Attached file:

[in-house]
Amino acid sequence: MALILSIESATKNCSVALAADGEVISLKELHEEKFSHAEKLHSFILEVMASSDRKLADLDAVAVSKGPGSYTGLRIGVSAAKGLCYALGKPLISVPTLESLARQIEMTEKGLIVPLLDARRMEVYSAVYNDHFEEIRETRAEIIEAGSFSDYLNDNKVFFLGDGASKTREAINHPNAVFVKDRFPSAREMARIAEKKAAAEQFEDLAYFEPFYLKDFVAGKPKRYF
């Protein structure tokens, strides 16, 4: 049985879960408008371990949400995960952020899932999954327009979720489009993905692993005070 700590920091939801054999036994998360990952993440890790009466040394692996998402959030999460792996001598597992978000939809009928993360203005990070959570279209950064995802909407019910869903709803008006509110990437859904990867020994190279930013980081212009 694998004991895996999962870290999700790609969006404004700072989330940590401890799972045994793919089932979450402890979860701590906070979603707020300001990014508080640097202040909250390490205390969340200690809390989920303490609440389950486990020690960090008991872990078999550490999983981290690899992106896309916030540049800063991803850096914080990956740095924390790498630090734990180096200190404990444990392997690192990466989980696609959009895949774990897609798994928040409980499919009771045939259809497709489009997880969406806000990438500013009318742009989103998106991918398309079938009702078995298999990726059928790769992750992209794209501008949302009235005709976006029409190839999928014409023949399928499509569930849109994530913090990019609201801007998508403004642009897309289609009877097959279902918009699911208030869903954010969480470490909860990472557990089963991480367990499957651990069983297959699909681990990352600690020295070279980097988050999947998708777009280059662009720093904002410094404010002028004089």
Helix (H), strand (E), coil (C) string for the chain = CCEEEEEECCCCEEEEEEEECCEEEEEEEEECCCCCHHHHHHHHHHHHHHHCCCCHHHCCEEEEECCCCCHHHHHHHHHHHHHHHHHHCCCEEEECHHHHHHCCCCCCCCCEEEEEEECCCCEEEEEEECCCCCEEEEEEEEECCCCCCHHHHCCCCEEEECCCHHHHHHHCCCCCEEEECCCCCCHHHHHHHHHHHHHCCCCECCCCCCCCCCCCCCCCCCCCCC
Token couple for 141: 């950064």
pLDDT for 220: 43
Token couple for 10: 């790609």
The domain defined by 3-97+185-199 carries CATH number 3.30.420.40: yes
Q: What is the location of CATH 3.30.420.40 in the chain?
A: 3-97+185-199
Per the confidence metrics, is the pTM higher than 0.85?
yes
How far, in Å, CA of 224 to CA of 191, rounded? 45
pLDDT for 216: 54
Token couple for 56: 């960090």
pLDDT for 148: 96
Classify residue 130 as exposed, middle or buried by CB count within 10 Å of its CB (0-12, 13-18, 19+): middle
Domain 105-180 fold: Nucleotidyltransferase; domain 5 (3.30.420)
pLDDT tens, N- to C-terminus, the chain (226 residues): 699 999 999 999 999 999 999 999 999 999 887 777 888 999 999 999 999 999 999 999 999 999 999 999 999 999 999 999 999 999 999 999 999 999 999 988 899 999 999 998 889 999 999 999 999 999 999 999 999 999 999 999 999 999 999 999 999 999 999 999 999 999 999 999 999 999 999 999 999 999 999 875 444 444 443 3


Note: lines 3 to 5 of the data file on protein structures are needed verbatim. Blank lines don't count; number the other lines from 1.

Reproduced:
């Protein structure tokens, strides 16, 4: 049985879960408008371990949400995960952020899932999954327009979720489009993905692993005070 700590920091939801054999036994998360990952993440890790009466040394692996998402959030999460792996001598597992978000939809009928993360203005990070959570279209950064995802909407019910869903709803008006509110990437859904990867020994190279930013980081212009 694998004991895996999962870290999700790609969006404004700072989330940590401890799972045994793919089932979450402890979860701590906070979603707020300001990014508080640097202040909250390490205390969340200690809390989920303490609440389950486990020690960090008991872990078999550490999983981290690899992106896309916030540049800063991803850096914080990956740095924390790498630090734990180096200190404990444990392997690192990466989980696609959009895949774990897609798994928040409980499919009771045939259809497709489009997880969406806000990438500013009318742009989103998106991918398309079938009702078995298999990726059928790769992750992209794209501008949302009235005709976006029409190839999928014409023949399928499509569930849109994530913090990019609201801007998508403004642009897309289609009877097959279902918009699911208030869903954010969480470490909860990472557990089963991480367990499957651990069983297959699909681990990352600690020295070279980097988050999947998708777009280059662009720093904002410094404010002028004089």
Helix (H), strand (E), coil (C) string for the chain = CCEEEEEECCCCEEEEEEEECCEEEEEEEEECCCCCHHHHHHHHHHHHHHHCCCCHHHCCEEEEECCCCCHHHHHHHHHHHHHHHHHHCCCEEEECHHHHHHCCCCCCCCCEEEEEEECCCCEEEEEEECCCCCEEEEEEEEECCCCCCHHHHCCCCEEEECCCHHHHHHHCCCCCEEEECCCCCCHHHHHHHHHHHHHCCCCECCCCCCCCCCCCCCCCCCCCCC
Token couple for 141: 């950064």